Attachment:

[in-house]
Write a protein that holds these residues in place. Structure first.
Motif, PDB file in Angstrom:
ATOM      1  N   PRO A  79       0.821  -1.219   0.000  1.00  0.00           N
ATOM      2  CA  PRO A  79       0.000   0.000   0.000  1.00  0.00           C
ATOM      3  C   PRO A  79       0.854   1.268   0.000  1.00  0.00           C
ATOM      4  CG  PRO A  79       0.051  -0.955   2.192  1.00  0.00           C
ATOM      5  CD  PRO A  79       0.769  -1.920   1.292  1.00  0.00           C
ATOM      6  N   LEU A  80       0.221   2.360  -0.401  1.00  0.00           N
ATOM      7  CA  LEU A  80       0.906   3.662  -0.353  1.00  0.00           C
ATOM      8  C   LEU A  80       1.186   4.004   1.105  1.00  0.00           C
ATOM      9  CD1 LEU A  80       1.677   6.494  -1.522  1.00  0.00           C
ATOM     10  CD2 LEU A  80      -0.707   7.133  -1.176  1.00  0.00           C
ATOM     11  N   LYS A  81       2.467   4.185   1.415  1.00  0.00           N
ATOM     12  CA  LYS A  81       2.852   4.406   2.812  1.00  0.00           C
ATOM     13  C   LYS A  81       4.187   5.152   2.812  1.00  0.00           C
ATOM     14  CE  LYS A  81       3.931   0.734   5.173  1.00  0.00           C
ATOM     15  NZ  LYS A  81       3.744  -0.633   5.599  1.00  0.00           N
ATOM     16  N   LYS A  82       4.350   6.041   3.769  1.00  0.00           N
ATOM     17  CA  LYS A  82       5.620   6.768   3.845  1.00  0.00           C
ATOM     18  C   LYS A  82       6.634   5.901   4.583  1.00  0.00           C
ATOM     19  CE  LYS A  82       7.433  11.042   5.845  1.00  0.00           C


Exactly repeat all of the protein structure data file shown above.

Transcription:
[in-house]
Write a protein that holds these residues in place. Structure first.
Motif, PDB file in Angstrom:
ATOM      1  N   PRO A  79       0.821  -1.219   0.000  1.00  0.00           N
ATOM      2  CA  PRO A  79       0.000   0.000   0.000  1.00  0.00           C
ATOM      3  C   PRO A  79       0.854   1.268   0.000  1.00  0.00           C
ATOM      4  CG  PRO A  79       0.051  -0.955   2.192  1.00  0.00           C
ATOM      5  CD  PRO A  79       0.769  -1.920   1.292  1.00  0.00           C
ATOM      6  N   LEU A  80       0.221   2.360  -0.401  1.00  0.00           N
ATOM      7  CA  LEU A  80       0.906   3.662  -0.353  1.00  0.00           C
ATOM      8  C   LEU A  80       1.186   4.004   1.105  1.00  0.00           C
ATOM      9  CD1 LEU A  80       1.677   6.494  -1.522  1.00  0.00           C
ATOM     10  CD2 LEU A  80      -0.707   7.133  -1.176  1.00  0.00           C
ATOM     11  N   LYS A  81       2.467   4.185   1.415  1.00  0.00           N
ATOM     12  CA  LYS A  81       2.852   4.406   2.812  1.00  0.00           C
ATOM     13  C   LYS A  81       4.187   5.152   2.812  1.00  0.00           C
ATOM     14  CE  LYS A  81       3.931   0.734   5.173  1.00  0.00           C
ATOM     15  NZ  LYS A  81       3.744  -0.633   5.599  1.00  0.00           N
ATOM     16  N   LYS A  82       4.350   6.041   3.769  1.00  0.00           N
ATOM     17  CA  LYS A  82       5.620   6.768   3.845  1.00  0.00           C
ATOM     18  C   LYS A  82       6.634   5.901   4.583  1.00  0.00           C
ATOM     19  CE  LYS A  82       7.433  11.042   5.845  1.00  0.00           C